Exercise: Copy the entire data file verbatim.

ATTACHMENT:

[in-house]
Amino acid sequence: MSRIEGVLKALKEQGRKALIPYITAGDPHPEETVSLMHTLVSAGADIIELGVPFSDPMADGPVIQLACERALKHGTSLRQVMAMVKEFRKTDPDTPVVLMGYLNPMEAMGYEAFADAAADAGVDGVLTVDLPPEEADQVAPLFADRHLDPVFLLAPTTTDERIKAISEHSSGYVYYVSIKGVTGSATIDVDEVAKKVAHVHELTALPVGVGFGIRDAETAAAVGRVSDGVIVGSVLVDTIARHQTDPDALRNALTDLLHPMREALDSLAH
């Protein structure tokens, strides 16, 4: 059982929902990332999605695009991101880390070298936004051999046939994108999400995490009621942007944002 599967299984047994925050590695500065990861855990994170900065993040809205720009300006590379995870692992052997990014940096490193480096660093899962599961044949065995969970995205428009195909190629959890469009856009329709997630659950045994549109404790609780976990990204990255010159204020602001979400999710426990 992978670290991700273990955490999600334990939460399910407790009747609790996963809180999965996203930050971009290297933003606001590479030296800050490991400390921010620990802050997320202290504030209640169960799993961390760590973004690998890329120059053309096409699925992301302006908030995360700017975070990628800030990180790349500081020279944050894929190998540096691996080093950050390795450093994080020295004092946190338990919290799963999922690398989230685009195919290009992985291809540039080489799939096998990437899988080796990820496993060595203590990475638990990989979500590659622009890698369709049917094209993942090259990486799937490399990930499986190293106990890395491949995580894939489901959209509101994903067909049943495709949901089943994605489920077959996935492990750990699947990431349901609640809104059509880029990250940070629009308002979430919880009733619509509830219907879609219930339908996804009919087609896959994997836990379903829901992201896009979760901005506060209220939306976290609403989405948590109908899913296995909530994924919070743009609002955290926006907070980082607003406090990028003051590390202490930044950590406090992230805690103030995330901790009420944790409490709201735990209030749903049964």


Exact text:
[in-house]
Amino acid sequence: MSRIEGVLKALKEQGRKALIPYITAGDPHPEETVSLMHTLVSAGADIIELGVPFSDPMADGPVIQLACERALKHGTSLRQVMAMVKEFRKTDPDTPVVLMGYLNPMEAMGYEAFADAAADAGVDGVLTVDLPPEEADQVAPLFADRHLDPVFLLAPTTTDERIKAISEHSSGYVYYVSIKGVTGSATIDVDEVAKKVAHVHELTALPVGVGFGIRDAETAAAVGRVSDGVIVGSVLVDTIARHQTDPDALRNALTDLLHPMREALDSLAH
């Protein structure tokens, strides 16, 4: 059982929902990332999605695009991101880390070298936004051999046939994108999400995490009621942007944002 599967299984047994925050590695500065990861855990994170900065993040809205720009300006590379995870692992052997990014940096490193480096660093899962599961044949065995969970995205428009195909190629959890469009856009329709997630659950045994549109404790609780976990990204990255010159204020602001979400999710426990 992978670290991700273990955490999600334990939460399910407790009747609790996963809180999965996203930050971009290297933003606001590479030296800050490991400390921010620990802050997320202290504030209640169960799993961390760590973004690998890329120059053309096409699925992301302006908030995360700017975070990628800030990180790349500081020279944050894929190998540096691996080093950050390795450093994080020295004092946190338990919290799963999922690398989230685009195919290009992985291809540039080489799939096998990437899988080796990820496993060595203590990475638990990989979500590659622009890698369709049917094209993942090259990486799937490399990930499986190293106990890395491949995580894939489901959209509101994903067909049943495709949901089943994605489920077959996935492990750990699947990431349901609640809104059509880029990250940070629009308002979430919880009733619509509830219907879609219930339908996804009919087609896959994997836990379903829901992201896009979760901005506060209220939306976290609403989405948590109908899913296995909530994924919070743009609002955290926006907070980082607003406090990028003051590390202490930044950590406090992230805690103030995330901790009420944790409490709201735990209030749903049964």